Posts Tagged ‘high-availability’

Cloud Computing Storage Options

Wednesday, June 22nd, 2011

One of the things that I find most interesting about cloud computing storage is “local storage” versus “centralized storage”. For a quick primer, local storage means the physical hard drives that reside in the servers that are used to run your instances in our cloud. Centralized storage would mean separate storage arrays that store your instances which are separate from the cloud servers. Since the option exists to select one or the other, let’s go ahead and break down the pros and cons for each one.

Local Storage:
If you select the local storage option, that simply means that your instances are running and being physically stored on the same servers. The upside to this is that your disk I/O speeds will typically be a bit quicker because everything is connected to the same bus on that server. This is really good if you’re running large database applications or have requirements for very fast disk reads and writes. The downside to this is that you give up the high availability options that are typically native to cloud computing. In other words, if that particular server goes down, your websites go down with it and they won’t be automatically migrated over to a different machine as that process has to be done manually because you’re not utilizing centralized storage. With local storage you are still able to make snapshots and restore from the snapshots to another available server, but it’s a manual process and does require human intervention. So even if you select local storage you still have the peace of mind of being able to automate snapshots and for those to be stored off of the server. Of course for a recovery, those snapshots have to be converted to a template and then the new instance would have to be spun up from those templates, but you will be back up and running again quickly. Again it requires manual intervention and while it takes less time than recovering from a typical dedicated server, it still takes a little time.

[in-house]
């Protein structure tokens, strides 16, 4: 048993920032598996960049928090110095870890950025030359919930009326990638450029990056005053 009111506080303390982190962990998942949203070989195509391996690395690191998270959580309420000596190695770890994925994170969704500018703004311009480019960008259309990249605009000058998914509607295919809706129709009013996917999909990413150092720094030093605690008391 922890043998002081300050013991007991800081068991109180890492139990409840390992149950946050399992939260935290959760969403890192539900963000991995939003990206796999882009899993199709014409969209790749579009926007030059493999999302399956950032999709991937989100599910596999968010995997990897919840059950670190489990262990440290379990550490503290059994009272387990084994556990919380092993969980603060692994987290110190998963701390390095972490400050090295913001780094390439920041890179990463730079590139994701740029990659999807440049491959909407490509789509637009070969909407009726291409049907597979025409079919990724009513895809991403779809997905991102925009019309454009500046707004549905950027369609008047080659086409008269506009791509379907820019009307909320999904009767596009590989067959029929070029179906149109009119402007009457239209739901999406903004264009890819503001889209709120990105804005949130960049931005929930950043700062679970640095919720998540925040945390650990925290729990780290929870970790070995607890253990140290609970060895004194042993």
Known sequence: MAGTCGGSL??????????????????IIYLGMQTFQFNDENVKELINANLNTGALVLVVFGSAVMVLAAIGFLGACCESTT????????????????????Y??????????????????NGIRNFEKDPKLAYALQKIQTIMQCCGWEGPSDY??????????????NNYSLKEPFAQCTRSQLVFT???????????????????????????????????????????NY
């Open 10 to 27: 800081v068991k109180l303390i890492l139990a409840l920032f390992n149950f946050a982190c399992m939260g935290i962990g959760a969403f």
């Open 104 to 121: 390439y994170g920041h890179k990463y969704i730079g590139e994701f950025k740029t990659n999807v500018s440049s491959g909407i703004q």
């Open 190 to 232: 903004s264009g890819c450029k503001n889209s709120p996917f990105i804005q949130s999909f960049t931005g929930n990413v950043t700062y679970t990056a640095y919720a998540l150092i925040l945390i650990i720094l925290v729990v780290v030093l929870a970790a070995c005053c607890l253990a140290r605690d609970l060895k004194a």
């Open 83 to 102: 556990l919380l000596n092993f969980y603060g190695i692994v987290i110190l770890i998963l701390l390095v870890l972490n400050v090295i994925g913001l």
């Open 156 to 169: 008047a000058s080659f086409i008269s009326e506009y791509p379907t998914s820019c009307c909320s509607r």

Centralized Storage:
If you select the centralized storage option, that means new instances are running on a local server but your actual instances are being stored on a separate storage device. So essentially the server that your instances are running on is being utilized solely for CPU and memory while all of the storage requirements are handled by a separate device which is attached to the network. The upside of this is the high-availability options which will just automatically work if the server that happens to be running your instances goes down. If that did happen, one of our management consoles would detect the failed server and will immediately scan the network for other available servers and instruct the server with the greatest amount of free resources to mosey over to the storage device and spin up those instances right away. This is much different than having to do a restore because there really is nothing to restore because your data is all still intact on the storage device. Free servers will spring into action, snatch up your instances and provide CPU and memory to them so they can spin up again and resume as normal. This entire high-availability recovery option typically gets completed in under a minute. So to recap, if the server that your instances are running on fails, others servers will take over operations within a minute without any intervention from human at all.

Hybrid Hosting:
Another option that is very viable and widely used is a hybrid approach which combines cloud computing and a dedicated server or managed server. If you have for example, (4) websites and you have (1) database that requires faster disk access, you can run your websites on the cloud using centralized storage for the (HA) high availability and only run your database on an instance that utilizes local storage for the speed. That way you get the best of both worlds, over-the-top high-availability for your websites and ultra fast storage for your database.

So as you can see there are plenty of options and it’s relatively simple to mix and match to find a solution that best suits your needs. We are always happy and eager to help come up with solutions for our clients, so let us know what we can do to help you.

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Do I need a dedicated database server?

Wednesday, June 17th, 2009

Well not always, but typically, yes. If you just want to sort your wedding or vacation pictures for family viewing, then probably not. Otherwise, three very good reasons why you should consider it are Security, Performance, Scalability. (more…)

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